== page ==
• Texture – Once you have done your final heat presses you should check the canvas for the right texture. If you notice that the texture is visible through both sides of the canvas you can be sure that the design has properly adhered to your canvas product.

Is it Possible To Heat Transfer Vinyl Onto Metal?

Apply Heat Transfer Vinyl to metal

Metal may seem like an impossible material to heat transfer vinyl onto, however there are actually quite a few types of metal that can have heat transfer applied to them.

Some of the best products you can do this with are water bottles or cups. These products normally come in all kinds of colors, shapes and sizes which can make them fun to work with.

Tips When Working With Metal

Below are a few tips you can use when you are heat transferring vinyl onto this type of material.

  • Temperature – Metal is obviously quite durable when it comes to heat which is why we recommend that you start off with using 300 degrees Fahrenheit for your first heat press. When you are heat transferring vinyl onto metal you will need to be careful that the vinyl is not overheated as it can shrink or melt at high temperatures which in turn may ruin your design. If you are for example using a home iron to get the vinyl on the metal product we recommend that you use the highest heat setting as it will help with transferring the design even when there are curves with your metal product.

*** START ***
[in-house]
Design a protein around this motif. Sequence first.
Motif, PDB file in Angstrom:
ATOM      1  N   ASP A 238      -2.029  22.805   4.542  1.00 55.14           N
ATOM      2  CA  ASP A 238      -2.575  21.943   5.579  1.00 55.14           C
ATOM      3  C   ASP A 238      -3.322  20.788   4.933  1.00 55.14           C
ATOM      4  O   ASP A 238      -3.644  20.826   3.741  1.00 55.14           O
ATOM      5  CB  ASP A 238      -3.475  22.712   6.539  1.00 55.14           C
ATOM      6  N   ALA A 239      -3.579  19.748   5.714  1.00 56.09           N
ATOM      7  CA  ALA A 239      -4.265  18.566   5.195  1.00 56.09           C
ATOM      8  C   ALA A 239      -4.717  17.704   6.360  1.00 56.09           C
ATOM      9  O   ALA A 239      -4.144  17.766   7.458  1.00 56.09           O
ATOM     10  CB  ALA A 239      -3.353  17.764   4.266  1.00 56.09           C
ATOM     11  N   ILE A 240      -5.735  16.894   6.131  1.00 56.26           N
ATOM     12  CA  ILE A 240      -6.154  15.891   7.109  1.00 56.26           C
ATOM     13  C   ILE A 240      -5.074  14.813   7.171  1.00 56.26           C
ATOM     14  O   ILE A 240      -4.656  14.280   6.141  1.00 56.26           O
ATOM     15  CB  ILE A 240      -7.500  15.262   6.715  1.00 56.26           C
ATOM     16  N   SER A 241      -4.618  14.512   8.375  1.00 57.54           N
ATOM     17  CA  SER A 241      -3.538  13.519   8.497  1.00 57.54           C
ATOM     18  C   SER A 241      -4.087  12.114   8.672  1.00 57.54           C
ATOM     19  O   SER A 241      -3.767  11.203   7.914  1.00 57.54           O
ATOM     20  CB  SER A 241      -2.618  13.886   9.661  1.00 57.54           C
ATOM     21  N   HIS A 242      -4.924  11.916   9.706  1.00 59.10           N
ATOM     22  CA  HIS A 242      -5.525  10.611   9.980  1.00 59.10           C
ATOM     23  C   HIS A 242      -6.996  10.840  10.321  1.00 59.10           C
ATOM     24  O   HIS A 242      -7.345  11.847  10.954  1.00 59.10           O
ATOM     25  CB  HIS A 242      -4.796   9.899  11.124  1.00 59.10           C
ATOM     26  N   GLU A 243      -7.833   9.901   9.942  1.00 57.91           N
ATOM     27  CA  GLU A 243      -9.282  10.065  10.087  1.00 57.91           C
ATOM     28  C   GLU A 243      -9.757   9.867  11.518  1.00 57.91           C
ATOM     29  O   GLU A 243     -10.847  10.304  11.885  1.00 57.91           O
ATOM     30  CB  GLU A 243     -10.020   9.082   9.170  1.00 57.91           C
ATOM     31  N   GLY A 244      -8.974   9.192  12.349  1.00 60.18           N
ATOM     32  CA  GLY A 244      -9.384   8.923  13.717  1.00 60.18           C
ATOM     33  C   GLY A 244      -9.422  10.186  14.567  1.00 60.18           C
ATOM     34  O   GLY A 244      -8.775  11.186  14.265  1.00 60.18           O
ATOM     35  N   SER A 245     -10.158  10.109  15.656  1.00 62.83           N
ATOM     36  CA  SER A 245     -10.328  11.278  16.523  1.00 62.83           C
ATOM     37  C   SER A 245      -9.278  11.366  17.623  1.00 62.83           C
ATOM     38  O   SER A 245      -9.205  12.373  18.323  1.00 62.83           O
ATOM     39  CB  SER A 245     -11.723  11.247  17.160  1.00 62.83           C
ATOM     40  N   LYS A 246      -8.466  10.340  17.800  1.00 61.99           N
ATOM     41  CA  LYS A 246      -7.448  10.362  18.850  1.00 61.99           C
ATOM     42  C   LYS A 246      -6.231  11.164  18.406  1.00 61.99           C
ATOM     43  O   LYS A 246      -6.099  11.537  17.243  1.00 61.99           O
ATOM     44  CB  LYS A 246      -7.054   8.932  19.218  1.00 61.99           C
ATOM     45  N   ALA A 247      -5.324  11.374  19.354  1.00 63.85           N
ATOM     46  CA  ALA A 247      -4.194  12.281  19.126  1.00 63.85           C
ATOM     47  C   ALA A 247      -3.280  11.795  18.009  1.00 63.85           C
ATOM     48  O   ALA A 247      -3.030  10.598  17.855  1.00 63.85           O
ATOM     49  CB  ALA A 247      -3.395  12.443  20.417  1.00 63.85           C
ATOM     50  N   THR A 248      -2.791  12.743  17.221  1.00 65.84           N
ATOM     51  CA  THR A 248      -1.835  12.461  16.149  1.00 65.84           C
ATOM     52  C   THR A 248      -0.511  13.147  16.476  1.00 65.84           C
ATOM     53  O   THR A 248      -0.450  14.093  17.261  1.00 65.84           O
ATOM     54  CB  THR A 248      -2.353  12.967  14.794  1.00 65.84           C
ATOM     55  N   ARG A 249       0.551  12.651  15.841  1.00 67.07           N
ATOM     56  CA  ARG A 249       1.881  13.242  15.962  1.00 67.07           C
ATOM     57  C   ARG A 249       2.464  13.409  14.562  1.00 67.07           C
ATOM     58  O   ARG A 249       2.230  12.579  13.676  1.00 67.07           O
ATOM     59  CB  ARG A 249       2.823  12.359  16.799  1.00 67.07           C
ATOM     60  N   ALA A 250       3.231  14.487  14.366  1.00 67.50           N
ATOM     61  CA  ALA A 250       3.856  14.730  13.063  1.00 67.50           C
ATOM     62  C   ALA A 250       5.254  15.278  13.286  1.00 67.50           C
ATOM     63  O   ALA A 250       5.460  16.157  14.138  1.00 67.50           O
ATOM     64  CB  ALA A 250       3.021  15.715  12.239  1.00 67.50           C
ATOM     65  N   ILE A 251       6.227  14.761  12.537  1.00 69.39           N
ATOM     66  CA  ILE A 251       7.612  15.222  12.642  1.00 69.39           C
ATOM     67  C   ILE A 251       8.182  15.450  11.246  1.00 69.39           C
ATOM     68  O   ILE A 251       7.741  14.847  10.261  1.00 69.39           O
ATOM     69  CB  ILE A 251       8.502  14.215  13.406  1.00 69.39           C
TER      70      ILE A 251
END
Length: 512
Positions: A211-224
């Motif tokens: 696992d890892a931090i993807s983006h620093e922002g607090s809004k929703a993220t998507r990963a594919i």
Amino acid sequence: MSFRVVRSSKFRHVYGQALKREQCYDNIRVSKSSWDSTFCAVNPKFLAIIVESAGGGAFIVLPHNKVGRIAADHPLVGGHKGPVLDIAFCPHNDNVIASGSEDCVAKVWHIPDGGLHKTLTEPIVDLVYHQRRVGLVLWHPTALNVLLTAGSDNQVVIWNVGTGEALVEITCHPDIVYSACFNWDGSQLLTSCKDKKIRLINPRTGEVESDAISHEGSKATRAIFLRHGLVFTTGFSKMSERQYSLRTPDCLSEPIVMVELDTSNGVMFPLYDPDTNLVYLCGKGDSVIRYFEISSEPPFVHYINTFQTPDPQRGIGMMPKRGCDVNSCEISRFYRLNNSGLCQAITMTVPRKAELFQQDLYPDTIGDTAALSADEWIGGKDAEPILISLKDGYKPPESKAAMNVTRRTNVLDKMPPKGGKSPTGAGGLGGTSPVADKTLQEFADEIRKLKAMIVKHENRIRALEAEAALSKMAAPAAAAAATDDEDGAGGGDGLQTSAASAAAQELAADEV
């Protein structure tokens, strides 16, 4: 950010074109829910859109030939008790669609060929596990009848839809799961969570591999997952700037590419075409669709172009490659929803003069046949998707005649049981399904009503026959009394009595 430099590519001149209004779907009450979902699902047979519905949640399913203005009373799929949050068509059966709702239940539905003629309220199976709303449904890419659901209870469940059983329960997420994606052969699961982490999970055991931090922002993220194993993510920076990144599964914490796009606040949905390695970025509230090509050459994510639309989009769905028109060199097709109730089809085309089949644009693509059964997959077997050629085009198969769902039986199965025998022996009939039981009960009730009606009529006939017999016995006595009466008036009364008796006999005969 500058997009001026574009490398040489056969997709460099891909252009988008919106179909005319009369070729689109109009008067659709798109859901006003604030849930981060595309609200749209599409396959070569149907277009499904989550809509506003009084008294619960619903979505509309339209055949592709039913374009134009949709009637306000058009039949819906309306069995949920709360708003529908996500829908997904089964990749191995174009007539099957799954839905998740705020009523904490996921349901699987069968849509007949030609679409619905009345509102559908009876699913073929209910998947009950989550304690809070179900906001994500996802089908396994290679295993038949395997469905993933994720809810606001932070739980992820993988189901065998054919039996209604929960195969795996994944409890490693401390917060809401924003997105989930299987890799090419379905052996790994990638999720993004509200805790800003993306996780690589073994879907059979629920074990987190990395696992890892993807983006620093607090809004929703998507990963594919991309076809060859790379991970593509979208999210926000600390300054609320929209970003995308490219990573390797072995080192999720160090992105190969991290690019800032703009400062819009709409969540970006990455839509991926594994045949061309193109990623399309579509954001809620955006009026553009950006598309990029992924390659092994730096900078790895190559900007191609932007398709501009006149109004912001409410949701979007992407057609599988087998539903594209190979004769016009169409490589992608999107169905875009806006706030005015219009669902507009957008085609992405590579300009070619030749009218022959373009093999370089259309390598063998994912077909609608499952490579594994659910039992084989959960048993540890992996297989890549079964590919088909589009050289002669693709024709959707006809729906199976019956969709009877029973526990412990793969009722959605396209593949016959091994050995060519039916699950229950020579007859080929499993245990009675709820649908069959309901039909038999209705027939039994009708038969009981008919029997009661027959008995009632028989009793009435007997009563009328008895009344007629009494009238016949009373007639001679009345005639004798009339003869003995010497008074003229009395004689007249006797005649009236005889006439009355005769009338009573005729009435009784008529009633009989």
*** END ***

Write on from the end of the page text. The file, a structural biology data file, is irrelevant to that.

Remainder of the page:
• Press Time – When you are heat pressing vinyl onto metal it is recommended that you only do it for ten seconds at a time. Metal, obviously, conducts heat quickly which can cause the vinyl to overheat and shrink or melt. You will need to take care to allow the vinyl to completely cool before you apply heat a second time.
  • Cleaning – Metal can easily retain dirt and oil on its surface. This means that you should certainly clean your metal bottle, cup or other product with rubbing alcohol so that the vinyl will stick to the surface well.